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Here’s what Longboat Key and Parrish residents approved, and didn’t, in special election

Super-heated growth has Parrish firefighters scrambling

The Parrish Fire District, serving a 97-square-mile area, is moving quickly to meet the challenge of rampaging growth with plans to build four new fire stations and the creation of a reserve program to supply its staffing needs.
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The Parrish Fire District, serving a 97-square-mile area, is moving quickly to meet the challenge of rampaging growth with plans to build four new fire stations and the creation of a reserve program to supply its staffing needs.

Longboat Key residents voiced their approval of two ballot issues while Parrish residents turned down a proposed increase in fees from the fire district in a special election Tuesday.

There were 2,760 votes cast in the Town of Longboat Key election and Parrish Fire District referendum, good for just over 18.5 percent voter turnout, according to the Manatee County Supervisor of Elections.

The unofficial results of Tuesday’s election show the Parrish Fire District referendum failed, with 51.73 percent of voters turning down the proposed increase for fire assessment fees.

According to the unofficial results, the referendum failed by just 74 votes.

The Parrish Fire District relies almost entirely on special assessments to fund its annual budget, according to the resolution.

“Although the vote did not come out in our favor, rest assured, we are dedicated to the health, safety, and welfare of the community. We will do our absolute best to utilize the resources allotted to us in best way we can,” Fire District Chief Stacey Bailey said in a news release.

Bailey said on the phone Wednesday they will be OK and the department will grow as the community does.

“We’re still going to do the best we can. We’re in good shape. The growth will take care of itself,” Bailey said.

Without the immediate funds, he said, it will take longer to get the money but the district will continue to move forward with plans to double its services, including staffing and an additional firetruck.

The money from the referendum would have fast-tracked the department’s growth to stay ahead of the community’s ongoing expansion.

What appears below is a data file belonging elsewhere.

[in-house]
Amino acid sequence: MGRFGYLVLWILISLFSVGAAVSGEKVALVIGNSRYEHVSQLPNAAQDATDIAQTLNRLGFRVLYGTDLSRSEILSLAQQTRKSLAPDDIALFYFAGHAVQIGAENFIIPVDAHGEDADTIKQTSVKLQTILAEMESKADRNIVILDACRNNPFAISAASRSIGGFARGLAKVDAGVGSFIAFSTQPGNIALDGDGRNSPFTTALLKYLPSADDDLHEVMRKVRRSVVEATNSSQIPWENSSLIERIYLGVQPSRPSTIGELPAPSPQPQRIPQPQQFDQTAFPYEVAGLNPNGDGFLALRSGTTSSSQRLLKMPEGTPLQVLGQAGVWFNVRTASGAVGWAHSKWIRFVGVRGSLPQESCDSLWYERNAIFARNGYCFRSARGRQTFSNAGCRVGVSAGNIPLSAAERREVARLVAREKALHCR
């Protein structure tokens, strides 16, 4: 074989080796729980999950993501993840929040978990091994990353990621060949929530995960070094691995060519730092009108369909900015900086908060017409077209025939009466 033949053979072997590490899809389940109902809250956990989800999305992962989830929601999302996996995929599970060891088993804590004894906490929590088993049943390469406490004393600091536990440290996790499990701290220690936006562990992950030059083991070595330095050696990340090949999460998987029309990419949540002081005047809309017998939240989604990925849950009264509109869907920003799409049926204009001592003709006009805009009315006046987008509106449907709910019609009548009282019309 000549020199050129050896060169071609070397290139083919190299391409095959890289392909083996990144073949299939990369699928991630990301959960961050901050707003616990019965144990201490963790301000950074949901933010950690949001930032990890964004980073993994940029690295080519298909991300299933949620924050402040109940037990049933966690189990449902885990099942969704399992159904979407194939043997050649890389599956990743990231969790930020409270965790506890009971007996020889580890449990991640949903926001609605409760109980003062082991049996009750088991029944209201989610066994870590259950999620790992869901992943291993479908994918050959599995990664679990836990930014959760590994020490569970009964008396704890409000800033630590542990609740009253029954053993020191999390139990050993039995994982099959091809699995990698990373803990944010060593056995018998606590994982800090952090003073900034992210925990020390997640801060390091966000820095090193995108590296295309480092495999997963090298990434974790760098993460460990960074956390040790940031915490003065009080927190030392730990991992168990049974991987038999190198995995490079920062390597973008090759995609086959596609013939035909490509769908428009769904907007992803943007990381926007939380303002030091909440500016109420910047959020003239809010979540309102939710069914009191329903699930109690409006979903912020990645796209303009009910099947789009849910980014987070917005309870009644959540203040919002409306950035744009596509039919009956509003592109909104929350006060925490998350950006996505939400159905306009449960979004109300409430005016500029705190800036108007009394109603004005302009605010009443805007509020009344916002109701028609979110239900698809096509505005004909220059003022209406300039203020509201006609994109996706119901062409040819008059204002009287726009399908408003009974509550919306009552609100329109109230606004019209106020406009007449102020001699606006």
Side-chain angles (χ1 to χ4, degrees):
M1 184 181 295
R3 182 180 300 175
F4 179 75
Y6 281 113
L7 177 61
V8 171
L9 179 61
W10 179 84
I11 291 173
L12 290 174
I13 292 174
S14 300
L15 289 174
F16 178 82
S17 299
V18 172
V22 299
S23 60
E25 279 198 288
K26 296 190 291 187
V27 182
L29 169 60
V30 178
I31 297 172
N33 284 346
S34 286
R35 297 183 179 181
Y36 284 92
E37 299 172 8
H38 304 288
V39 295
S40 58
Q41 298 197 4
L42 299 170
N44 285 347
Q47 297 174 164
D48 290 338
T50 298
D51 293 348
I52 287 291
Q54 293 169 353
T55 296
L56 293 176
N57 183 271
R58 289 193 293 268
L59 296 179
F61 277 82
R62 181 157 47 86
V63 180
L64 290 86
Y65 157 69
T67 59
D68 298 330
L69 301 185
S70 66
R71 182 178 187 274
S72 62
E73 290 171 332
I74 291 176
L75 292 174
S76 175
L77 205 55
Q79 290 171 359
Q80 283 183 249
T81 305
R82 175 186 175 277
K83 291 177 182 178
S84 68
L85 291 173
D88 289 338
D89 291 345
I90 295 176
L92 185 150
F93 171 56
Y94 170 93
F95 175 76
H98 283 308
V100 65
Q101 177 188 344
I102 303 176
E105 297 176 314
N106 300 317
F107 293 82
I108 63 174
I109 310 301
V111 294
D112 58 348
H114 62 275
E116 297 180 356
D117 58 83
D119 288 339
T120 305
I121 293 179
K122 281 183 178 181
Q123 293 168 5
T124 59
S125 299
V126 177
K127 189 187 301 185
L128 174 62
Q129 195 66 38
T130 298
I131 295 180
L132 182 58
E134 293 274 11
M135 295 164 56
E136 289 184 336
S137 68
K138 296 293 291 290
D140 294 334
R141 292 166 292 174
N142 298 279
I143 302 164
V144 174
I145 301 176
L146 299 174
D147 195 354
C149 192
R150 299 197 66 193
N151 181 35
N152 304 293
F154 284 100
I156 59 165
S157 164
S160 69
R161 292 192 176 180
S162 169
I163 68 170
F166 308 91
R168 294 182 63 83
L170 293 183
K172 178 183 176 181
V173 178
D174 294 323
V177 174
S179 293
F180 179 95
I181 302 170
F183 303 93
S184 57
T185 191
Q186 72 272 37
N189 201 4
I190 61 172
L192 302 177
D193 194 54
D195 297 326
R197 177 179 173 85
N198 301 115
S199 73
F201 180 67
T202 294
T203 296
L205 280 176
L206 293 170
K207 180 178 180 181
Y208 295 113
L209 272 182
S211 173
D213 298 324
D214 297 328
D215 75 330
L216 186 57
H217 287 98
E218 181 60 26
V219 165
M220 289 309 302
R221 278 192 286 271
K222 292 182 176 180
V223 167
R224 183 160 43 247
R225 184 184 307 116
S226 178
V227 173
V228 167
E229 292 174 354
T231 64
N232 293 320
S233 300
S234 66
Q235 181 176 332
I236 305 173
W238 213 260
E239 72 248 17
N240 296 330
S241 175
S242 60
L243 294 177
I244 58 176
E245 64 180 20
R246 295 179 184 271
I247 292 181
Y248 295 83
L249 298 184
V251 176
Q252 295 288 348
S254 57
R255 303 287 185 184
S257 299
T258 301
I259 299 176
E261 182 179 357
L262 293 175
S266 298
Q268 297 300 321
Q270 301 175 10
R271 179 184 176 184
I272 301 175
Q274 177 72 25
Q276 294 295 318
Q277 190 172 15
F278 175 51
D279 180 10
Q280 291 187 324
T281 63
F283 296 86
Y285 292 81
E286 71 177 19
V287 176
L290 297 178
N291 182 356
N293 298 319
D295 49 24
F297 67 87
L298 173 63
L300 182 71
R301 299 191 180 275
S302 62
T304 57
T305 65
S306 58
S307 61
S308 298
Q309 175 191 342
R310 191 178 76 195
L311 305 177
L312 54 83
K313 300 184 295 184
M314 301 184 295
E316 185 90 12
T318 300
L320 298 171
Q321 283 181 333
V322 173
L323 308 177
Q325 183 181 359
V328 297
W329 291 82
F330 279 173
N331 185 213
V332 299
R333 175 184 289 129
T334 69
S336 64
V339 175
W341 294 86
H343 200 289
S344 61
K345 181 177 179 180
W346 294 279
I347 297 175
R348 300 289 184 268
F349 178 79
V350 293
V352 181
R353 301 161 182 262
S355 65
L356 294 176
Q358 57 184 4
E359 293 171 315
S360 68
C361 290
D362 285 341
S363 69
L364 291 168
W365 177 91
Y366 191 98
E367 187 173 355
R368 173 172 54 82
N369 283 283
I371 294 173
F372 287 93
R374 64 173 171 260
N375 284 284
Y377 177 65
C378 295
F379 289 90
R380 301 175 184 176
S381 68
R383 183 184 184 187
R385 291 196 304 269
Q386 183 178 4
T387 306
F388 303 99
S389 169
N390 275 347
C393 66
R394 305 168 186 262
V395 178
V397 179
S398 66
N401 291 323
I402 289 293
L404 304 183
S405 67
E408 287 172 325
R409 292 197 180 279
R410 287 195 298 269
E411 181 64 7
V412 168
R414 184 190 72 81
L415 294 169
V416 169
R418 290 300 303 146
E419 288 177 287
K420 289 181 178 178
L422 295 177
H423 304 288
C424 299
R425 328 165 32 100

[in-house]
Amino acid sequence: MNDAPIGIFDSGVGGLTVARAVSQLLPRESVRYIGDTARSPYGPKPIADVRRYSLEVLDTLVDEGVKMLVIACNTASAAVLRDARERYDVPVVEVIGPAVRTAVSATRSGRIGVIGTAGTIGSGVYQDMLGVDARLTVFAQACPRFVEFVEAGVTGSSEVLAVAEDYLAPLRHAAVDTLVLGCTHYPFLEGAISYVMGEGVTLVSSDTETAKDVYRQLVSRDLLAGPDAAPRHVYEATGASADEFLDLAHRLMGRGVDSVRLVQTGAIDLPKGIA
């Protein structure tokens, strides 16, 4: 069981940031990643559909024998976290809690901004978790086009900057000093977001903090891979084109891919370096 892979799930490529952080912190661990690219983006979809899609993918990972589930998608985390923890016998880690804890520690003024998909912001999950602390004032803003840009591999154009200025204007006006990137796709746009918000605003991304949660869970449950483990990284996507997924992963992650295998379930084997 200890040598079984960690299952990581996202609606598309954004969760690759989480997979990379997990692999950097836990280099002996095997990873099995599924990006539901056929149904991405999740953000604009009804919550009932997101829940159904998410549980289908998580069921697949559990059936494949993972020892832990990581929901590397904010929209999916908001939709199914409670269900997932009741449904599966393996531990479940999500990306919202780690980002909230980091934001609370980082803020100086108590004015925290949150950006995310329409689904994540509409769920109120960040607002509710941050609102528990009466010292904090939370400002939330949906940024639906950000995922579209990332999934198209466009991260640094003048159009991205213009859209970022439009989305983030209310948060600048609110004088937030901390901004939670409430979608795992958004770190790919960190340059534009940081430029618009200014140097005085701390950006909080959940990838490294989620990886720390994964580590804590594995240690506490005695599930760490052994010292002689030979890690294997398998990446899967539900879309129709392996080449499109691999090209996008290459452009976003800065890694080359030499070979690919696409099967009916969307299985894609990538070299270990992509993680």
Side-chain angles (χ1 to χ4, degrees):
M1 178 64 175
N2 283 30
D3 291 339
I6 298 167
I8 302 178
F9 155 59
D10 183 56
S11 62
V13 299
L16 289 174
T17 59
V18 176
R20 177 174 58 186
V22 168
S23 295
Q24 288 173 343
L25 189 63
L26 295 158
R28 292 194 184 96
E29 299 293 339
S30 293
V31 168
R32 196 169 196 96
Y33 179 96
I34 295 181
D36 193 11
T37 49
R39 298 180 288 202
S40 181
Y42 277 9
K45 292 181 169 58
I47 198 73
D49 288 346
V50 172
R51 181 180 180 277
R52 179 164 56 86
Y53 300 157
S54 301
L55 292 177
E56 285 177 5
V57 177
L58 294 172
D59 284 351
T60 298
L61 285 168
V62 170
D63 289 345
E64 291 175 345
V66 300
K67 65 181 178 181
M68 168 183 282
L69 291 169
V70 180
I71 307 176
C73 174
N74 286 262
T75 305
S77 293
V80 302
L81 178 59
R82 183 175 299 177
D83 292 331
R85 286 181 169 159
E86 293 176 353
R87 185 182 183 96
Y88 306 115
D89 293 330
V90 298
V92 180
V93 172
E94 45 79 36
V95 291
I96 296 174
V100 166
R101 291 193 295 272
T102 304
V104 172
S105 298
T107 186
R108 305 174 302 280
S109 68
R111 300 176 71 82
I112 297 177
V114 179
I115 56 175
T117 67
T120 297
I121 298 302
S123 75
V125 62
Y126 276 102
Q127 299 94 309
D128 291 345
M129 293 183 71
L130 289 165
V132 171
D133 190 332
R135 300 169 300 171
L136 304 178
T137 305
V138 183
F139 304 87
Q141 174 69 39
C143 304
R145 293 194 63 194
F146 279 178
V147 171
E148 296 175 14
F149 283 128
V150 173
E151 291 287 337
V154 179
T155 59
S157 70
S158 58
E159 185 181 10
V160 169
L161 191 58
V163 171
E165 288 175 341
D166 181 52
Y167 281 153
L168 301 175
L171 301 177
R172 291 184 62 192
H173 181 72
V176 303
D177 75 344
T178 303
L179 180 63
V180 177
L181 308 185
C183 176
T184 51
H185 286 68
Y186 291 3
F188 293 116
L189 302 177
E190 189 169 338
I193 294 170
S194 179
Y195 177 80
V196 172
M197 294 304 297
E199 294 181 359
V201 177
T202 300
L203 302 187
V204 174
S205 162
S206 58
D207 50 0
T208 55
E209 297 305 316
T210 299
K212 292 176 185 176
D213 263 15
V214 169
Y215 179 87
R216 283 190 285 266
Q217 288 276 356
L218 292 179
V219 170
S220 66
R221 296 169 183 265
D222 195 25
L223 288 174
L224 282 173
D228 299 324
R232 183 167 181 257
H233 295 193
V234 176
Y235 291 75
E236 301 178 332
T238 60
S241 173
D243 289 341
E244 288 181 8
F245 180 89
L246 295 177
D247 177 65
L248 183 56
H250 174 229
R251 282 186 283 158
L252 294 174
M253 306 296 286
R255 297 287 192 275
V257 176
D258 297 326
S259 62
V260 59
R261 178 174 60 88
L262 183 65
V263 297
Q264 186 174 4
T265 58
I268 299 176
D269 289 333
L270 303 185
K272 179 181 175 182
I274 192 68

“We have to get more people and that’s what this was really funding,” Bailey said.

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Meanwhile, voters approved changing Longboat Key Town Commissioners terms to three years with 57.79 percent of the votes going toward adoption.

Town Commissioners will now have a three-year term cycle, rather than two, beginning after the March 2020 election.

As the town makes the transition in term years with staggering of elections for seats, those elected to office during general elections in March 2018, 2019, 2020 and 2021 can serve a maximum of eight consecutive years as a commissioner.

Once the term transition is complete, the maximum term limit will be adjusted to six years in office.

Voters narrowly passed a density referendum in Longboat Key, which will allow a property to potentially be rezoned from commercial to residential use, with 50.73 percent of the vote.

Commissioners, with voter approval, can now consider a proposal to amend Longboat Key’s comprehensive plan and rezone the property at 5630 Gulf of Mexico Dr. to allow for residences. The land is owned by Bruce E. Franklin, representing Mote Scientific Foundation.

Rezoning the approximately 1.82 acres will allow for up to four residential units per acre, with a maximum of seven units on the land.

Voters passed the referendum, but the Town Commission would still need to grant approval of the request.

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